The more I think about it, the more I wish all incoming students were required to take some manner of introductory computer class. I haven't come across any of these labels in awhile - possibly because they're finally out of fashion, or just not as widely publicized - but the cliché that all students under a certain age are computer literate (in and of itself a difficult term to define) or, even worse, digital natives is simply not true. (It's about as true that all students above a certain age are hopelessly and functionally computer illiterate because computers weren't present in our Kindergarten classes.)
These assumptions are frustrating for a number of reasons, not the least of which being related to ageism. There's also a mistaken presumption that simply having been exposed to computers means students know how to use them. One doesn't become literate just because there are books in the house; one needs to be taught how to read. Similarly, people need to be taught how to use computers and navigate the relevant programs.
I remain frustrated by one of my undergraduate professors who insisted that because of my age, I was a "digital immigrant," whereas my classmates, most of whom were five to ten years younger than I, were "digital natives," an assumption based solely on age. Because I had maintained my own website and multiple blogs for years, I was familiar with basic HTML and several blogging platforms. Most of my classmates, on the other hand, created website that looked terrible, the type I'd seen a lot of in mid-1990s. I still encounter students whose knowledge of what I'd consider basic computer skills is minimal; one student I had last summer didn't know how to attach files to e-mail.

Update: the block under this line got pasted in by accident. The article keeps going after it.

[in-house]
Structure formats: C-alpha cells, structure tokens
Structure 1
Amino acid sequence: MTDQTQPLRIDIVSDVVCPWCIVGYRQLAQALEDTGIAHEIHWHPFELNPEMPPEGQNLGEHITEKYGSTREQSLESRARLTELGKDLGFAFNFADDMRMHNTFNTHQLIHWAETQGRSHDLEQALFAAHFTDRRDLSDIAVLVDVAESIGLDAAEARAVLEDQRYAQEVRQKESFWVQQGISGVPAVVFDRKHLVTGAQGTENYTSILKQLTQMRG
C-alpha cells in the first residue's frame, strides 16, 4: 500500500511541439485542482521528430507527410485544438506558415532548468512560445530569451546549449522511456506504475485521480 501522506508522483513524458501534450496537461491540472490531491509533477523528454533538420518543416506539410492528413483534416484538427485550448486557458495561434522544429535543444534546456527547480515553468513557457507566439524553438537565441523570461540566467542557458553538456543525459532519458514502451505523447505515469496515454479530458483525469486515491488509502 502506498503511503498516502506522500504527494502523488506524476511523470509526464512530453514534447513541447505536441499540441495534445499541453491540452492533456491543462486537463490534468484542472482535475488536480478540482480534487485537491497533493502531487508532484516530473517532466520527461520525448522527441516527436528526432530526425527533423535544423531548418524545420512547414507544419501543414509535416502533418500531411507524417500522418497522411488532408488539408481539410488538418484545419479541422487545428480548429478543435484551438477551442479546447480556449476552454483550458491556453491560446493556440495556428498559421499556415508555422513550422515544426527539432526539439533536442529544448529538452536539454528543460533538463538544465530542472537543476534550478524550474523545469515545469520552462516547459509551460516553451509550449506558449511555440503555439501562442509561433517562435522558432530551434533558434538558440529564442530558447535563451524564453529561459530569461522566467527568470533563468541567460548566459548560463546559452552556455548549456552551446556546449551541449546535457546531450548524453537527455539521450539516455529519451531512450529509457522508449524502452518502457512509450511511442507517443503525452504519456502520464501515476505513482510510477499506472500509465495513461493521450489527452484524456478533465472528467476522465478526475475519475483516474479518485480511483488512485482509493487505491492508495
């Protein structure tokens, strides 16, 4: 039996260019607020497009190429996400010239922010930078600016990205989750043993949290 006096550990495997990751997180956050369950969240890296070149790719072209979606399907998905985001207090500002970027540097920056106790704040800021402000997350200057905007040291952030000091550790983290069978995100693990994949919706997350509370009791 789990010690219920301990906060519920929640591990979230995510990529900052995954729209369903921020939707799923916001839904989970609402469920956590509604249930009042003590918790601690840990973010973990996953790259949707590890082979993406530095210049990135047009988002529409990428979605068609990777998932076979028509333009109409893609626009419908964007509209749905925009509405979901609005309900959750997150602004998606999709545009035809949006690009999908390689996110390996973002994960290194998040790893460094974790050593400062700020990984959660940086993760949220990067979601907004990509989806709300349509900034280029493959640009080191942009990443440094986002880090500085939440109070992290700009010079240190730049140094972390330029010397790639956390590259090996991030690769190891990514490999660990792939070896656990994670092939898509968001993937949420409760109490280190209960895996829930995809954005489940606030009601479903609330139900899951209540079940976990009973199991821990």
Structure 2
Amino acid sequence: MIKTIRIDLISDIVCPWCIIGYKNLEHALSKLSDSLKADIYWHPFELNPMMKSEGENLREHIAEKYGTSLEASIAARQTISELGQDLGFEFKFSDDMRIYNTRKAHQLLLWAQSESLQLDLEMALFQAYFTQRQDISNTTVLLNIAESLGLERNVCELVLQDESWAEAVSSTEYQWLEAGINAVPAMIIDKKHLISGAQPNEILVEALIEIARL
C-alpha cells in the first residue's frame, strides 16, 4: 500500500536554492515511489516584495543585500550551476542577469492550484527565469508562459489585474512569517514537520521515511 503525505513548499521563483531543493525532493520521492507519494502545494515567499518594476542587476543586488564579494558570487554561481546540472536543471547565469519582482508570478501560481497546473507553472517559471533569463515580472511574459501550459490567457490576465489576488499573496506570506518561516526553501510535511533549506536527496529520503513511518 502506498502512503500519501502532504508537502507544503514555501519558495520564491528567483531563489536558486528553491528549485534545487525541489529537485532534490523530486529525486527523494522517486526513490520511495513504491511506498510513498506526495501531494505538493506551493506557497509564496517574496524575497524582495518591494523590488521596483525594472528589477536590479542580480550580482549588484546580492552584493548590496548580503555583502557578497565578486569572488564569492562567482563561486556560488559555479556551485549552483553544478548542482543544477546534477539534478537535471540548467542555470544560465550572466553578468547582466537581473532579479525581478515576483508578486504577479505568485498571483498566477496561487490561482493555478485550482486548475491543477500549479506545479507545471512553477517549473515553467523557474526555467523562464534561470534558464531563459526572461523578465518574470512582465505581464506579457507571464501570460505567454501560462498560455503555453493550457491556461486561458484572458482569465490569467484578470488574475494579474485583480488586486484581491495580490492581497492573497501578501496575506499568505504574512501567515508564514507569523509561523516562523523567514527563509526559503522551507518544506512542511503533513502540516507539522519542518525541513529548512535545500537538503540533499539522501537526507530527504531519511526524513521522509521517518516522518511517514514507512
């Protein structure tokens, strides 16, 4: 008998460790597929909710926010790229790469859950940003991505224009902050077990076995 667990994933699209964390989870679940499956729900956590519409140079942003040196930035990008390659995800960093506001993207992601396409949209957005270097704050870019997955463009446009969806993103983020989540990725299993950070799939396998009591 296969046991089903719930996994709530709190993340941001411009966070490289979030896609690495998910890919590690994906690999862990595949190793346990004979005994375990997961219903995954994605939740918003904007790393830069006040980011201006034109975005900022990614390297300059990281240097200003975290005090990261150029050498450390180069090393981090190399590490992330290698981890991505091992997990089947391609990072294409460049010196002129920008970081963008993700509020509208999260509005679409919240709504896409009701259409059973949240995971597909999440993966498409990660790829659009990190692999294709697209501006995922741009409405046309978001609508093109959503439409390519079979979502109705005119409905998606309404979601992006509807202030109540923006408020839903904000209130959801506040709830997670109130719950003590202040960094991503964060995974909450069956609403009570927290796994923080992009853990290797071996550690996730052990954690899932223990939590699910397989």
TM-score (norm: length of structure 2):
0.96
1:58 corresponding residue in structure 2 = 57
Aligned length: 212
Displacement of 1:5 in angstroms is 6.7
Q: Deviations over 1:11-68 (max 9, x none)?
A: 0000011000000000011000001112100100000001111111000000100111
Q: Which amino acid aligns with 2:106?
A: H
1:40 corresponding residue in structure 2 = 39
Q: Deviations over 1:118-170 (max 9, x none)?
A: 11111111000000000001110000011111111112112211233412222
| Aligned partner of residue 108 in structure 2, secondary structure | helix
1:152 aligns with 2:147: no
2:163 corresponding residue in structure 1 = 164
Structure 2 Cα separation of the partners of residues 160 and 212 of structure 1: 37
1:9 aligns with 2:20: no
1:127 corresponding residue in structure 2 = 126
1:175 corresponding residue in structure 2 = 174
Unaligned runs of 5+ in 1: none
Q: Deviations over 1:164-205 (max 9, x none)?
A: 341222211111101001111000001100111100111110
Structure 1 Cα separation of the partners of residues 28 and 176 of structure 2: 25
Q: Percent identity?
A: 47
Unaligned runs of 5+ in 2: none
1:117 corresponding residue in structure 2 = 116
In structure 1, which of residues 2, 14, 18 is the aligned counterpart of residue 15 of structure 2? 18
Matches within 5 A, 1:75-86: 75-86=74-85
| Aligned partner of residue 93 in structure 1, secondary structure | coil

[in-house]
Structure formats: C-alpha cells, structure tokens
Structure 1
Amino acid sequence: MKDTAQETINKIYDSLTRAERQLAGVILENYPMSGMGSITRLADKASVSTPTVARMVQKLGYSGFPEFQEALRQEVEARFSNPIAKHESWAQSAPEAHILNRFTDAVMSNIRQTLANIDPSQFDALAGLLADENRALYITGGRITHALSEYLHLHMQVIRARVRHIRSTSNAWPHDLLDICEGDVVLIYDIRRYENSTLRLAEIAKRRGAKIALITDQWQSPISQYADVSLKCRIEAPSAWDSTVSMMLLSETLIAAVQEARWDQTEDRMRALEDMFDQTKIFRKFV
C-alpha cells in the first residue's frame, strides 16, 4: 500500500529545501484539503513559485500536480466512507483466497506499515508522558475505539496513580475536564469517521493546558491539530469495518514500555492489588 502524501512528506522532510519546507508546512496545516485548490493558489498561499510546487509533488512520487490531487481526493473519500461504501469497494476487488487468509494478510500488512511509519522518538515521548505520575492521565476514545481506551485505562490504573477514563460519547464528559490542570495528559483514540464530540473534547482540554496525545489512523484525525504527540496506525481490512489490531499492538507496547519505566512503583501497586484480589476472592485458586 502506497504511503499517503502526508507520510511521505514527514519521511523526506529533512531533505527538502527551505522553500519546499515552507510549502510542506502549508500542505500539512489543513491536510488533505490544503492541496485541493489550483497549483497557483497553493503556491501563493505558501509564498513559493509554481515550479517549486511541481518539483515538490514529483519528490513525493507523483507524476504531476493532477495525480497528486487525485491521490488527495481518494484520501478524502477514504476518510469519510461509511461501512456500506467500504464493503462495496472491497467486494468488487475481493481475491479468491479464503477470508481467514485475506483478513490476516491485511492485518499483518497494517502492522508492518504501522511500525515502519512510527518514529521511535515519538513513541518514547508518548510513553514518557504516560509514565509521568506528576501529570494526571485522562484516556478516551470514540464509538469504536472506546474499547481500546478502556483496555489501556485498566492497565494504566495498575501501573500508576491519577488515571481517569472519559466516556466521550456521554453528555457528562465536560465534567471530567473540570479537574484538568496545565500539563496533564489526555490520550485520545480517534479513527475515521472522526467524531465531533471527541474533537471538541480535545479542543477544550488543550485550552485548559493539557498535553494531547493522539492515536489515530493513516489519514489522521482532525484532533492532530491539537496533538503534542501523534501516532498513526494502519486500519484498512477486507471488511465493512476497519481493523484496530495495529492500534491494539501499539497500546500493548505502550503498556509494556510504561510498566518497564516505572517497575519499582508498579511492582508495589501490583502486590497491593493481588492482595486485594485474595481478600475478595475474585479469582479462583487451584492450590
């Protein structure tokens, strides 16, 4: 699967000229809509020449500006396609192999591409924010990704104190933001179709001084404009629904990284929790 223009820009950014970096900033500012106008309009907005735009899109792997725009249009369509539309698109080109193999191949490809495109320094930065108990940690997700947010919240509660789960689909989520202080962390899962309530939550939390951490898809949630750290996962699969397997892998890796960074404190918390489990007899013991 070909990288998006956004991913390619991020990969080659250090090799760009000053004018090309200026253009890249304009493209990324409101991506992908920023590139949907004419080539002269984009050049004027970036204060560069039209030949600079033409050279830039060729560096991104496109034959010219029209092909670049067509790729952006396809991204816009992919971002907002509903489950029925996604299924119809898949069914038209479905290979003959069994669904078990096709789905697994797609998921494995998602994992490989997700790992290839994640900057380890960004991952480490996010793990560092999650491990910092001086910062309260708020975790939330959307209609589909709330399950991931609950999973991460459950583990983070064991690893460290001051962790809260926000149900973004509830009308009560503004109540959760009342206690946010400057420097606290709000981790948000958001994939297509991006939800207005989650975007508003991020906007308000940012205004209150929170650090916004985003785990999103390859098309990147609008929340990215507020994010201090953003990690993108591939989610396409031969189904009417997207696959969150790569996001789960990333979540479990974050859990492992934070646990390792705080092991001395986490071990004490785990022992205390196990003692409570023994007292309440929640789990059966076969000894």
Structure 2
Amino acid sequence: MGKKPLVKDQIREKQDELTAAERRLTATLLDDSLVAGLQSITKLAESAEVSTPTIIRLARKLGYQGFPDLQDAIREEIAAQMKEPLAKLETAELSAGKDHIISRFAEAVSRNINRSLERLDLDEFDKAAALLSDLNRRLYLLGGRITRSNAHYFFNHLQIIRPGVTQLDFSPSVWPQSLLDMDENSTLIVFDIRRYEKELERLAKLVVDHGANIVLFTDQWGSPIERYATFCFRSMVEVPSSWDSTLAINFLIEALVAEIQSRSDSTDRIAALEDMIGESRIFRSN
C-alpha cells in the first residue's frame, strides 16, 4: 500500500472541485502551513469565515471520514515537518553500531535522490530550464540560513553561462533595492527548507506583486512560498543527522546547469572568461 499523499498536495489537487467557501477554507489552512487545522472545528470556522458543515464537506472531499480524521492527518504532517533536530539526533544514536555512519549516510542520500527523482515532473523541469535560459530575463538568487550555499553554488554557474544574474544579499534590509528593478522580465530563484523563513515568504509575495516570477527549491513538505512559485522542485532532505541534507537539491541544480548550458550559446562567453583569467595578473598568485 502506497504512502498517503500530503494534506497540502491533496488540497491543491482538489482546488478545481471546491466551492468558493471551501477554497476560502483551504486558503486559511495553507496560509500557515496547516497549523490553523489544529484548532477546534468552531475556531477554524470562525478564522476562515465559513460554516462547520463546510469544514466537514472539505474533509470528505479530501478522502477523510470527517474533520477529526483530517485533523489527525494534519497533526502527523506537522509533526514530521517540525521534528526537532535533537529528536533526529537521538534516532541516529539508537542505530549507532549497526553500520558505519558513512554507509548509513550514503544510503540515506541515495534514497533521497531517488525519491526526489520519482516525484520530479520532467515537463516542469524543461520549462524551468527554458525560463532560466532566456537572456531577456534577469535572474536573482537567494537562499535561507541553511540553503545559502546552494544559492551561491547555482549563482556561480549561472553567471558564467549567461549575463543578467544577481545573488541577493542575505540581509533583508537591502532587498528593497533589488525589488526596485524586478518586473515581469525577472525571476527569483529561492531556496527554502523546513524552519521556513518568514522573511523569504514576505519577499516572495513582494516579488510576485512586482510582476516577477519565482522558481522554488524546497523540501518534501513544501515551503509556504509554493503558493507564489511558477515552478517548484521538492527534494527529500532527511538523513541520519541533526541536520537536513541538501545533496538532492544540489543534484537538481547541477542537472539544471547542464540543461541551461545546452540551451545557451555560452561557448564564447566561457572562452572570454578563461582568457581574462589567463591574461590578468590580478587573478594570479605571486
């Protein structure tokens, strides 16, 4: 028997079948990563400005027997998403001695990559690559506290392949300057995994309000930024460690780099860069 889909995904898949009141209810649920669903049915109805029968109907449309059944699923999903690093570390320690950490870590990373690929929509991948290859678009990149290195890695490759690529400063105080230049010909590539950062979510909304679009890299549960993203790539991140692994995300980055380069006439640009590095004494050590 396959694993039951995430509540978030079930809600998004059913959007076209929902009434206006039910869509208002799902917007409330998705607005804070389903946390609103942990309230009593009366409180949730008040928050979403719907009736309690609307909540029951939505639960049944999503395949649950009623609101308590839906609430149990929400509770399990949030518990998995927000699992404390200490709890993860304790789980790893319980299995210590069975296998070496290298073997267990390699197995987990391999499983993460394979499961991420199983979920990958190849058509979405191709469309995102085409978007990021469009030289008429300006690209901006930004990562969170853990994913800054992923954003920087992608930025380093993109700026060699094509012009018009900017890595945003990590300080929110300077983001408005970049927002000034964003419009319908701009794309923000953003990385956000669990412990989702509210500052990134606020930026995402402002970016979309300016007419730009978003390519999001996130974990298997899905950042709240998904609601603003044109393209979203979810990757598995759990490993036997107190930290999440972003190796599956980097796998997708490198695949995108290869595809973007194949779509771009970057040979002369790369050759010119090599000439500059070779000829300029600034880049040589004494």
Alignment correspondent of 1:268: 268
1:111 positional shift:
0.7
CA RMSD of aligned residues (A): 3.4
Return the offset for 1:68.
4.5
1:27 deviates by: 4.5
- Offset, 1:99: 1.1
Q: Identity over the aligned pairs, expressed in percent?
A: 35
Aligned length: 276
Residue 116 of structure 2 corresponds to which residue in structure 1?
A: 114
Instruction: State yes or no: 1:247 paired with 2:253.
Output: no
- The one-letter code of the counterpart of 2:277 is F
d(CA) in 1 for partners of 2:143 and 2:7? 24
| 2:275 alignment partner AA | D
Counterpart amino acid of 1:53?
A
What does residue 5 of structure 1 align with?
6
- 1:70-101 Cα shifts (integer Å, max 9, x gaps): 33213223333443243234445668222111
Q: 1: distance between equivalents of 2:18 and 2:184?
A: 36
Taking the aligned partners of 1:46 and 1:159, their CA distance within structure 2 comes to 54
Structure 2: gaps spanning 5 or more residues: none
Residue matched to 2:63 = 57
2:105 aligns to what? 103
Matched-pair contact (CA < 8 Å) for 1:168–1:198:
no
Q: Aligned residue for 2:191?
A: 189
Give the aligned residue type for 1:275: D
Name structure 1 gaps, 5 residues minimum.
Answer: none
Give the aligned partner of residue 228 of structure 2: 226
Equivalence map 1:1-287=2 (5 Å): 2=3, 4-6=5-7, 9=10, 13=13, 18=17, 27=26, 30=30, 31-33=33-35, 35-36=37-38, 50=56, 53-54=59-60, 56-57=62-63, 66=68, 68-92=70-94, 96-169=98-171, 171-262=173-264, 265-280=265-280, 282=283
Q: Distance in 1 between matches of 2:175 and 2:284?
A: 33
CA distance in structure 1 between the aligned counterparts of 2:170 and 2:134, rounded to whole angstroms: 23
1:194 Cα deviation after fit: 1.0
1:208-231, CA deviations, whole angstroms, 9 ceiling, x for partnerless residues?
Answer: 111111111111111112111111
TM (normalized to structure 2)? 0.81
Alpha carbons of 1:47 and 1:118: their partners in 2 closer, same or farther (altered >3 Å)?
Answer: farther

This came back to me this past week when I was helping a student with her podcast, one of the assignments I require for my college students. Knowing that most of my students have never created their own podcasts - some students have never heard of the term, and the number who listen to them is similarly small - I use Audioboom. a fairly simple and intuitive podcasting platform that requires minimal software (one can upload one's podcast via a free smartphone app, or record and/or upload an audio file through a browser). It can take a little getting used to, but by no means is it designed to be prohibitively complicated.
The student just got temporarily tripped up and saw relatively quickly how to resolve her questions, but noted that she might consider taking a computer class. This led to a brief discussion of how helpful a first-semester computer class might not only help the students, but help the teachers, who are often required to provide tech support to students who don't know how to use Canvas, the learning management system (LMS) we use, and which I use extensively in all my classes. (I make announcements, post assignments, have pages for each assignment, and require students to upload all assignments on Canvas.)
Providing an introductory class could help students make sure they know how to navigate Canvas and upload files; perhaps teaching basic tenets of ePortfolio platforms and word processing, among other basics, could help reduce or eliminate many of the problems I have to resolve in my class. No matter how many times I encourage my students to seek help for their ePortfolios or get tech support from the appropriate departments, many wait until the very last moment to get help, at which point, more often than not, it's simply too late, because they need more time than they'd realized. Some students are simply frightened of the technology and put off familiarizing themselves with it, which exacerbates the problem.